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  • Living

    Living

    Living with hearing loss means clearing hurdles and celebrating successes every day. At home. At work. At play. Life is big. Live it. Read our stories
  • Raising

    Raising

    Raising deaf and hard of hearing children is an incredible experience, from the pain of diagnosis to the unexpected gifts these children bring into our lives. Read our stories
  • Supporting

    Supporting

    Supporting someone with hearing loss is an art. Understand the issues at work in this complex communication landscape. Read our stories
  • Learning

    Learning

    Learning strategies that make a difference for deaf and hard of hearing kids. When it comes to the classroom, it’s all about access. Read our stories
  • Facts

    Facts

    The facts about hearing loss provide a foundation for understanding the overall landscape of this new territory. Read our stories
3 Steps to Improve Your Hearing through Rehab

3 Steps to Improve Your Hearing through Rehab

Making a commitment to train the brain to hear using hearing technology begins the hearing journey and opens the door to new possibilities.
Two babies born deaf, mom finds solace and laughter with first hearing aids

Two babies born deaf, mom finds solace and laughter with first hearing aids

“The journey started just on day two of life,” says Melissa Hyder.”Both of my children did not pass the newborn hearing screening test that was performed at the hospital.”

Melissa, a mother of three, said she and her husband know people with hearing loss due to old age, but before her children were born they never knew a deaf child.

“I fought a lot of shame and guilt,” she says. “I wanted to protect my children, to take their pain away. Often I prayed a line from Mumford and Sons, ‘Keep the earth below my feet.’ I found myself at times lost in the shame and missing the joy that was right in front of me.”

What are the differences between a child who is deaf and hard of hearing?

What are the differences between a child who is deaf and hard of hearing?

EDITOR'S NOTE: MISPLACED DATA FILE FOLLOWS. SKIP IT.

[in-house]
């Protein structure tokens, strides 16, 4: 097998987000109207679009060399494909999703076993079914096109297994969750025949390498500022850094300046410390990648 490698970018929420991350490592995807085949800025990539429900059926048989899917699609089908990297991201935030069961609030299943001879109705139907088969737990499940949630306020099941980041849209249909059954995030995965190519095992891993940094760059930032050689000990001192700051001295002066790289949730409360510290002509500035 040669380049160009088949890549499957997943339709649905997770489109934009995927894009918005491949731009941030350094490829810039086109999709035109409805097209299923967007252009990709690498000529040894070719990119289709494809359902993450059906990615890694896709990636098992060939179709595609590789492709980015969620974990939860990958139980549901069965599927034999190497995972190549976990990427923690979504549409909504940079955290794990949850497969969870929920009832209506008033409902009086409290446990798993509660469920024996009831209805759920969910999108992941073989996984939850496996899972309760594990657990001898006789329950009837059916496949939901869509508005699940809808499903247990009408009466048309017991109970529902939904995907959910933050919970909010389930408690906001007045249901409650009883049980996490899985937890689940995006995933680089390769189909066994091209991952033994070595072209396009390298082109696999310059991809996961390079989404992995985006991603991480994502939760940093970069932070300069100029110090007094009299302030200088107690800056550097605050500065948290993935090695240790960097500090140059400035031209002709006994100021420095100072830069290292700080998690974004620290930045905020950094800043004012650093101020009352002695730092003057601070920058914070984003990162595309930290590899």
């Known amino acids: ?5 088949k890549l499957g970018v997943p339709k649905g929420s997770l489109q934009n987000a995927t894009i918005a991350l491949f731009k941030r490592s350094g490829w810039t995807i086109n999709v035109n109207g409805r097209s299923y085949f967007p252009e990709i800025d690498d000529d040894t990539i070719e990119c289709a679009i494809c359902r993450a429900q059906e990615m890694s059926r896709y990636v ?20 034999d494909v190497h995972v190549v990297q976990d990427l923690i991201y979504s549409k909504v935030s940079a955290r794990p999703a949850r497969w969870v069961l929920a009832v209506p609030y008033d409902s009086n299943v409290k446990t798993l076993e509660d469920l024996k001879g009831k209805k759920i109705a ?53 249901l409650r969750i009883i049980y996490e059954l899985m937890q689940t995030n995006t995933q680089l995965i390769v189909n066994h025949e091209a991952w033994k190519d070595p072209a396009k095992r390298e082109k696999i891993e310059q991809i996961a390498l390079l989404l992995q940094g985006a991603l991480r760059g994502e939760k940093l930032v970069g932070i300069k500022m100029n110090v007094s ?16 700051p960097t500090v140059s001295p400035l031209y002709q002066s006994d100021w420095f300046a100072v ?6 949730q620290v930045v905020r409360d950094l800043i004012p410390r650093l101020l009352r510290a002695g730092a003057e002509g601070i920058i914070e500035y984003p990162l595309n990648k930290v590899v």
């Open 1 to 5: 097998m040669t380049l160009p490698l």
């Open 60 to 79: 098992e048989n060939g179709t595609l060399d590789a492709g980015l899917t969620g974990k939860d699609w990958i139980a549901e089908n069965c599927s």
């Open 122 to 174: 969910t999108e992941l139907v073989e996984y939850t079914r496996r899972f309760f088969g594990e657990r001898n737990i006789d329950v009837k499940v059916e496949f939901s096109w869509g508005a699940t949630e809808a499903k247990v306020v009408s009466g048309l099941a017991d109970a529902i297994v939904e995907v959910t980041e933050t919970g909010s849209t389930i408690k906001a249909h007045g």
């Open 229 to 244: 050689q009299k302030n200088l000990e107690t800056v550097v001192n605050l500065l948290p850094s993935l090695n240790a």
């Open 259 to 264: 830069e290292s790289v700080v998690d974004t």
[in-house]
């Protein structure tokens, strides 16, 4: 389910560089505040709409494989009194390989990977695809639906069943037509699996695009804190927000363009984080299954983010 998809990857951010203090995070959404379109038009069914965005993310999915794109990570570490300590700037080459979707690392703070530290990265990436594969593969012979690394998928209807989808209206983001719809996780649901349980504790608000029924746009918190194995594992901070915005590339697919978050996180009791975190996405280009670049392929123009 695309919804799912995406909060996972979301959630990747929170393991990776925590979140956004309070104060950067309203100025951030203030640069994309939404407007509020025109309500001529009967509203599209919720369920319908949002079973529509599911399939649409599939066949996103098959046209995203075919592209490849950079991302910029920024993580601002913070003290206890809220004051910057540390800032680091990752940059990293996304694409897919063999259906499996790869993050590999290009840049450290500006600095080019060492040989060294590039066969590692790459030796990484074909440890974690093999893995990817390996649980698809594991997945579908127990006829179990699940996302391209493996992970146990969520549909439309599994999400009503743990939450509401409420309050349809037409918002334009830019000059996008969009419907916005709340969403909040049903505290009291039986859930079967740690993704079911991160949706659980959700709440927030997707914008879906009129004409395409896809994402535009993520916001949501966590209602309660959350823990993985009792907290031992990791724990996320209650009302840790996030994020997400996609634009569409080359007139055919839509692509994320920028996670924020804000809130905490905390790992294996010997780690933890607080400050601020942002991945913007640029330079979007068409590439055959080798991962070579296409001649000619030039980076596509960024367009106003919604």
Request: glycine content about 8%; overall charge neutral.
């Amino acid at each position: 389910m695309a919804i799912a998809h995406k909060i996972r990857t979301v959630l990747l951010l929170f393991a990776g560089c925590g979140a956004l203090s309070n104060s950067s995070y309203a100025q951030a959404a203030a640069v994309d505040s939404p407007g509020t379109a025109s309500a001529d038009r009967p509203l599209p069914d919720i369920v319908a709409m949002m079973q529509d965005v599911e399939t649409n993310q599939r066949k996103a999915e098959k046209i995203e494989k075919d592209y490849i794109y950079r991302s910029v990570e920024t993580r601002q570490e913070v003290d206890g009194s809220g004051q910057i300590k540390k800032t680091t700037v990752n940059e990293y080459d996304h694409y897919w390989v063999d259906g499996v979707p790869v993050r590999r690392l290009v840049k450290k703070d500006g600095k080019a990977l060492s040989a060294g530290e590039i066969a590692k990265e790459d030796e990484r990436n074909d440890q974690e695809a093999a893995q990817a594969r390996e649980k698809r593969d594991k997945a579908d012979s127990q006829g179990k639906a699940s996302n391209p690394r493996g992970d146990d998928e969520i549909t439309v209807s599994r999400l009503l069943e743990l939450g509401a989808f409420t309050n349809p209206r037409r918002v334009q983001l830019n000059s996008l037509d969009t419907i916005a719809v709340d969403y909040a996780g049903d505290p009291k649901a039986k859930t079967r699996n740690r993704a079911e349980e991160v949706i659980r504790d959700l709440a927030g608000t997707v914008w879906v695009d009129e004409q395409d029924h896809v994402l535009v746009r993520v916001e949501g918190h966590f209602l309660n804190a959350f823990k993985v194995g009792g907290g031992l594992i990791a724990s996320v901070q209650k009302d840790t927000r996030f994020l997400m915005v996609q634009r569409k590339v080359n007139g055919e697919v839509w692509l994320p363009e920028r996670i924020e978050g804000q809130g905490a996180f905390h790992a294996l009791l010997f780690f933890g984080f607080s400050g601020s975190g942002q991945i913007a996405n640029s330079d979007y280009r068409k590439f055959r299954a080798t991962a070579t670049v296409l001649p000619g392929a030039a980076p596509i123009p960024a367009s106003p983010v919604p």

Having a child first be diagnosed with hearing loss can feel like a completely new world, especially if you haven’t experienced hearing loss in your family before.

Around 90% of all children born with hearing loss have normal hearing parents, so this situation is actually quite common.

Whether the diagnosis came as a surprise or confirmed your suspicion, you will most likely be confronted with many questions coming from all sides – your family members, friends, random people on the street, work colleagues: “Is your child deaf or is your child hard of hearing? What degree of hearing impairment does he/she have? Can he/she attend regular school or must he/she go to a school for deaf children? Will he/she wear hearing aids? Are you learning sign language to communicate with him/her?”

My favorite YouTubers (who caption!)

My favorite YouTubers (who caption!)

Captioning on YouTube has been a hot topic in the deaf/Hard of Hearing world lately, especially among teenagers. YouTuber Rikki Poynter – Pikachu lover and advocate for closed captioning, who’s also deaf – has sort of led the charge for getting all YouTube videos captioned. She explains in her video why captioning is important for Deaf/HOH people, as well as those who don’t speak the language that the video is filmed  in. She also posts a whole load about deaf related topics.

Captions on YouTube has been such an important topic lately, mostly because they are so bad. In 2009, YouTube released their automatic captioning feature for videos using voice recognition algorithm, but the text is often inaccurate. While YouTube does let users upload their own captions, it can be time consuming, and most users don’t do it. However, with encouragement from the Deaf/Hard of Hearing community, and people like Rikki, there are some YouTubers who are leading this change. Here’s a list of some YouTubers I’ve found who caption their videos:

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